(25 minutes) Featuring exquisite renderings of enigmatic cosmic phenomena, seminal scientific instruments, and spectacular scenes in deep space, Dark Universe celebrates the pivotal discoveries that have led us to greater knowledge of the structure and history of the universe and our place in it-and to new frontiers for exploration. Narrated by astrophysicist and prolific science communicator Neil deGrasse Tyson, this immersive program is a spectacular way to show off what our dome can do. In stunningly detailed scenes based on authentic scientific data-including a NASA probe’s breathtaking plunge into Jupiter’s atmosphere and novel visualizations of unobservable dark matter – Dark Universe explores this new age of cosmic discovery and reveals the mysteries that have been brought to light so far.
Dark Universe was developed by the American Museum of Natural History, New York (amnh.org) in collaboration with the California Academy of Sciences, San Francisco, and GOTO INC, Tokyo, Japan.
Live Planetarium Presentations
This Month’s Skies
(40 minutes) Take a magical guided tour of our Night Skies in our all-digital Planetarium dome — the only one of its kind on Florida’s Gulf Coast — to show you what our skies look like tonight, tomorrow night or any night past or present over thousands of years. Constellations, asterisms and beautiful images of galaxies, nebulae and star clusters fill the sky revealing the nature of our larger cosmos. Our system uses Digistar 5 technology to show you not only the night sky but where in space you are within our Milky Way galaxy. Dwarf planets, the Kuiper Belt, the Oort cloud and more become not just places to point to in the sky, but places that you can fly to and see. We don’t just show you the rings of Saturn, we take you right into them!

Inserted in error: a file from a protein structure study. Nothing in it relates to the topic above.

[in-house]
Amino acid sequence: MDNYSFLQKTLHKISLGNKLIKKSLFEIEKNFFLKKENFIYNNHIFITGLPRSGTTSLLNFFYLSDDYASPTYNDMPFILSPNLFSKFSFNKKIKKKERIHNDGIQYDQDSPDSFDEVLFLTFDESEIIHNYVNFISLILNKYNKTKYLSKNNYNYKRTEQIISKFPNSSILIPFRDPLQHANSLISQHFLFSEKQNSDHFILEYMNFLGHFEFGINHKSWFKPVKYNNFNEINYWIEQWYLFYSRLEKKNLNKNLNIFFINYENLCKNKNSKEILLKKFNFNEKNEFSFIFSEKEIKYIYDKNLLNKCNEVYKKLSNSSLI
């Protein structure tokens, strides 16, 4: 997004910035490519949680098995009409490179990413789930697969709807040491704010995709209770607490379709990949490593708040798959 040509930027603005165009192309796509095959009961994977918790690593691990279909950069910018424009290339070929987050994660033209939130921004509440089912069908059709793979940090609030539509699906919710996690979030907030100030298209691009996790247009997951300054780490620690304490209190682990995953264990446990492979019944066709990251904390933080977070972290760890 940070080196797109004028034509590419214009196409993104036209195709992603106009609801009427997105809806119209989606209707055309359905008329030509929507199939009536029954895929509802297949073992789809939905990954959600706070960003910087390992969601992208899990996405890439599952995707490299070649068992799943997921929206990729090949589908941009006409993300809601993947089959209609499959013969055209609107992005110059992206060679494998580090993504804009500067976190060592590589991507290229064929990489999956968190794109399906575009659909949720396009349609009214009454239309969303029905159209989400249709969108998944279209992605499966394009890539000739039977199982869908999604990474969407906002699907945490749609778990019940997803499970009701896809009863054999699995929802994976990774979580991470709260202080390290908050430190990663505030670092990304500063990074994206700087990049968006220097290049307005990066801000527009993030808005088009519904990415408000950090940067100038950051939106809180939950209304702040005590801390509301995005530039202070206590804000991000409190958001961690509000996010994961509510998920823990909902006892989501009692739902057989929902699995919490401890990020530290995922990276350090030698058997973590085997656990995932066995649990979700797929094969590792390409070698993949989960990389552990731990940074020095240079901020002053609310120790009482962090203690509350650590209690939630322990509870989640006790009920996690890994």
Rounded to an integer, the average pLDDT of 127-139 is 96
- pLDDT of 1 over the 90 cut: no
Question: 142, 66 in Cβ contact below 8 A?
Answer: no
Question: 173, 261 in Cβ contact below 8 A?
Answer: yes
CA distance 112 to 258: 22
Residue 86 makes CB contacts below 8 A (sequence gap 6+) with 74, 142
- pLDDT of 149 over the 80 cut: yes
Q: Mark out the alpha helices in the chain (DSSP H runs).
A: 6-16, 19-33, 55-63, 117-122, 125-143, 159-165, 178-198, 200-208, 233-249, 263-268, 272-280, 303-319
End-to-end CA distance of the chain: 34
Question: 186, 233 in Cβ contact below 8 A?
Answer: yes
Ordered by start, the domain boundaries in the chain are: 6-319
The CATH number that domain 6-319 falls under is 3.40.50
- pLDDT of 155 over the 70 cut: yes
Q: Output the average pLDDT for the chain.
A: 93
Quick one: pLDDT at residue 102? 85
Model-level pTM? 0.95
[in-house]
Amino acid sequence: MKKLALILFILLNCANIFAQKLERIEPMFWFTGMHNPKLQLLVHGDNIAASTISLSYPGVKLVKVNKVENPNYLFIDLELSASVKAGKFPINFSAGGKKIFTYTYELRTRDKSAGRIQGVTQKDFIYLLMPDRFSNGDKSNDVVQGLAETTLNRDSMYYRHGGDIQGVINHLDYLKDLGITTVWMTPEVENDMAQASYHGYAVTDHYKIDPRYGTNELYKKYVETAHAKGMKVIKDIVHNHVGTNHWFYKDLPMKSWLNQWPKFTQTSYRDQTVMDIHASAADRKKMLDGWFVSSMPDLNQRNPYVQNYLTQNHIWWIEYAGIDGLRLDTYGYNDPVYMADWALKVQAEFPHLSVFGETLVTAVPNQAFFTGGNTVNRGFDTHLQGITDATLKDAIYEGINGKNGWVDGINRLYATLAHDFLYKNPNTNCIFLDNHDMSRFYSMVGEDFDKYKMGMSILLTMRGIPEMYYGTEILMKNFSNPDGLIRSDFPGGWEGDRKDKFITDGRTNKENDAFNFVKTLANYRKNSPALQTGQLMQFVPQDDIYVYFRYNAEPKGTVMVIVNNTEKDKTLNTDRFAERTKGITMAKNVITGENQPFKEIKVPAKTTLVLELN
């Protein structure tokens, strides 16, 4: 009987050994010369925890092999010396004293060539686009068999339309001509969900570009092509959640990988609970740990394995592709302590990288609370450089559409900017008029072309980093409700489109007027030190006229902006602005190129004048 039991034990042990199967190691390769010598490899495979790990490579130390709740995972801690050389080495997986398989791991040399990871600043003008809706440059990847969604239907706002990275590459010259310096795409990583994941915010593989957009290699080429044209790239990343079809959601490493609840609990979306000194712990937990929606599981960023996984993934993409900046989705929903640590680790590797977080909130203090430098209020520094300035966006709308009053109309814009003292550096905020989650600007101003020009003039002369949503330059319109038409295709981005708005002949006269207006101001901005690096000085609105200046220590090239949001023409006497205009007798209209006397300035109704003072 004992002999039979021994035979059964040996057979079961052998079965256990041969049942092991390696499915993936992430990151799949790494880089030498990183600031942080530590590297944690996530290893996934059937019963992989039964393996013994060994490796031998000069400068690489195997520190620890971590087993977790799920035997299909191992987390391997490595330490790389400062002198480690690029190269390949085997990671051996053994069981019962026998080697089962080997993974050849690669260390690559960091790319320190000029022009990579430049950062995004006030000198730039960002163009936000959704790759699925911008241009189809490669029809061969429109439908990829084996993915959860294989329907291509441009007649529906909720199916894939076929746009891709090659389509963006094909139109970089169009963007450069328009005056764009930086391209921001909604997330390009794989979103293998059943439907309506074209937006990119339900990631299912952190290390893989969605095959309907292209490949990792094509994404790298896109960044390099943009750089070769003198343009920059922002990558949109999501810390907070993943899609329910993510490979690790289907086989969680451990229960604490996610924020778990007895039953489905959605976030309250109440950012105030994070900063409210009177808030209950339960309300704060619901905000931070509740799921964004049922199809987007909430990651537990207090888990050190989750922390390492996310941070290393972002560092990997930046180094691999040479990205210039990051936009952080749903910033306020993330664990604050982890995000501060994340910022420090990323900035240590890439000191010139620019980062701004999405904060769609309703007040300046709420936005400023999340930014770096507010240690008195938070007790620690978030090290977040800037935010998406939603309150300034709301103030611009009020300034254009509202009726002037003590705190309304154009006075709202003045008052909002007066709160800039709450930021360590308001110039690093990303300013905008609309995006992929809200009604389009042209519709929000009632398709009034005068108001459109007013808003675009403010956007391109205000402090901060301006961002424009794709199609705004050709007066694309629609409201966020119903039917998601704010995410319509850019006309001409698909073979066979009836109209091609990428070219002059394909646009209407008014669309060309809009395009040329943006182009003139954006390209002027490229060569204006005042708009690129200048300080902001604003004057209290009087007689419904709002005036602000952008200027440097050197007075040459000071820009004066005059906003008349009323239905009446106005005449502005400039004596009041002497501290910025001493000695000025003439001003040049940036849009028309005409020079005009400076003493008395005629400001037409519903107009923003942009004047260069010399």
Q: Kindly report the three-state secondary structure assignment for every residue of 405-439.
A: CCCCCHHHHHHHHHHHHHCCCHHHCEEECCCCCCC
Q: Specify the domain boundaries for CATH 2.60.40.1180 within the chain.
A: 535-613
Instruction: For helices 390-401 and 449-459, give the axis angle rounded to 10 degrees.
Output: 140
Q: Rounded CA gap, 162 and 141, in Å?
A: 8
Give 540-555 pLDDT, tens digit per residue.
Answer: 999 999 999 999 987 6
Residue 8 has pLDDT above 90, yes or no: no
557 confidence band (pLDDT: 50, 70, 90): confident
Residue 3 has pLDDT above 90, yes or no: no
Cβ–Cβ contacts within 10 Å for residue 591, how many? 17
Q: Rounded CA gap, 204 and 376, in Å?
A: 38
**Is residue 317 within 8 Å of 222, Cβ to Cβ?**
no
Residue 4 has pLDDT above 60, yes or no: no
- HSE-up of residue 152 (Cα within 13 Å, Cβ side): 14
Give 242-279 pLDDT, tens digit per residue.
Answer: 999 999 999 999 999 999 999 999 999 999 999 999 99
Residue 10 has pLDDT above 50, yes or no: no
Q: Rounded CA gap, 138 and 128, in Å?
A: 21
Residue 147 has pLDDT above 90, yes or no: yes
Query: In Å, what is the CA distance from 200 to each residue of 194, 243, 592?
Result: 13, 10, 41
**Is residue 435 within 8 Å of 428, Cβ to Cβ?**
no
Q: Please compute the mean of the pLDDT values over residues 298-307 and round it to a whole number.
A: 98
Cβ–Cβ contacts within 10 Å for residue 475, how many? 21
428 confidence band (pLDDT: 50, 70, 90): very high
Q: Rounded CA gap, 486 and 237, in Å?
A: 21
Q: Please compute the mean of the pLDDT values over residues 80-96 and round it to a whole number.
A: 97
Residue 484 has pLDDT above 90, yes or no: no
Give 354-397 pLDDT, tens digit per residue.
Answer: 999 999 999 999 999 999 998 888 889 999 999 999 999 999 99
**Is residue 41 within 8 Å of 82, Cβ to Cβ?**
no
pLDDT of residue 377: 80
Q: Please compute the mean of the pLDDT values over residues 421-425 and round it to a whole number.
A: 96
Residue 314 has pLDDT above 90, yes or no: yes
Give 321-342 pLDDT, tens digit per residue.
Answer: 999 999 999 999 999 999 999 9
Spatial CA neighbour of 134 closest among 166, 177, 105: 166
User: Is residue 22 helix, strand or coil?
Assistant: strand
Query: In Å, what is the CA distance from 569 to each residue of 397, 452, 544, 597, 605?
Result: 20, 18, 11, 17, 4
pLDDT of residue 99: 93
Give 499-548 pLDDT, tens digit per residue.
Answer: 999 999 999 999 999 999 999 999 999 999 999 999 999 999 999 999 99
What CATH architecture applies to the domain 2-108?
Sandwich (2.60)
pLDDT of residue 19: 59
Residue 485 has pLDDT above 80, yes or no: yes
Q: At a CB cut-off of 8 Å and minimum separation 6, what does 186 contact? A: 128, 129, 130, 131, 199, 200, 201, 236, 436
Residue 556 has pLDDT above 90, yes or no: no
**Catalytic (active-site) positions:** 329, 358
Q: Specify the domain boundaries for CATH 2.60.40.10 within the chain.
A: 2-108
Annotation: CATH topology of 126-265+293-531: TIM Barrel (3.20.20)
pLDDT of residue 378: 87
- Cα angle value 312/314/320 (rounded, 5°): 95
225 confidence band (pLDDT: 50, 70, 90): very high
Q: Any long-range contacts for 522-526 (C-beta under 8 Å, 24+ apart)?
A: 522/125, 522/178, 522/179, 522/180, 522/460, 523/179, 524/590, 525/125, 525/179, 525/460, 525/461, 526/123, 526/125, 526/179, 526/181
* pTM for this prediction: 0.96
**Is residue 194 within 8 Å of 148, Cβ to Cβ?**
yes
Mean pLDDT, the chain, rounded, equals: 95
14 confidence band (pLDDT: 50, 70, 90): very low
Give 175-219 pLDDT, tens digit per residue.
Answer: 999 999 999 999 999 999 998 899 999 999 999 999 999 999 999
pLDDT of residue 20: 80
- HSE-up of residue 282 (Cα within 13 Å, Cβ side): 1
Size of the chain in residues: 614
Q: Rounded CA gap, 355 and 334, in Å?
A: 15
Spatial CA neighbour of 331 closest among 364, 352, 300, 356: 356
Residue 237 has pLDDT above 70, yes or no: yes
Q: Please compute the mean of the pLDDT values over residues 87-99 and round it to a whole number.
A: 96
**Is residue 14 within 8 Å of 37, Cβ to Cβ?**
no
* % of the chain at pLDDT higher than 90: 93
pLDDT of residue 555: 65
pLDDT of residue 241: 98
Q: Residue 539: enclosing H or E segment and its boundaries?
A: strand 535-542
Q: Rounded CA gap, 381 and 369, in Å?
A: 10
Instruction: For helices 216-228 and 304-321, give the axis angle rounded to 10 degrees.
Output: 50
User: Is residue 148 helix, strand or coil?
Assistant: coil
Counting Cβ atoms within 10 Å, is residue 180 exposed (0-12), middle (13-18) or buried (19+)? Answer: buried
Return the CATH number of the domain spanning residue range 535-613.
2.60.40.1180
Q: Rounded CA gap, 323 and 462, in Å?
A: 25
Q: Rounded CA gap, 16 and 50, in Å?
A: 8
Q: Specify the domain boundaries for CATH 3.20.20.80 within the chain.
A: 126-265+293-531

Tour of the Universe
(40 minutes) Join our astronomer for a live guided tour of the universe. You’ll see the distribution of stars, galaxies and cosmic material throughout the observable universe using The Planetarium’s state-of-the-art technology. Our digital dome presents a view of the cosmos previously only imagined by astronomers and scientists. Now, thanks to data collected by telescopes over the past 30 years, we can show you the structure visible in the distribution of galaxies throughout space and reveal what was previously unknown: the parts of the Universe that don’t interact with light, also known as Dark Matter.
For nearly 90 years, the theory of Dark Matter has been used to define unexplainable organizations of matter throughout space. Since 1930, the idea has gained momentum. Today, since Dark Matter is still undetectable, it remains a very ambitious topic that drives the imagination of physicists and astronomers around the world. In The Planetarium, you can see the compelling data that lead astronomers and physicists to conclude that 80% of the matter of the universe is invisible or “Dark.”
Courtesy: The Bishop Museum of Science and Nature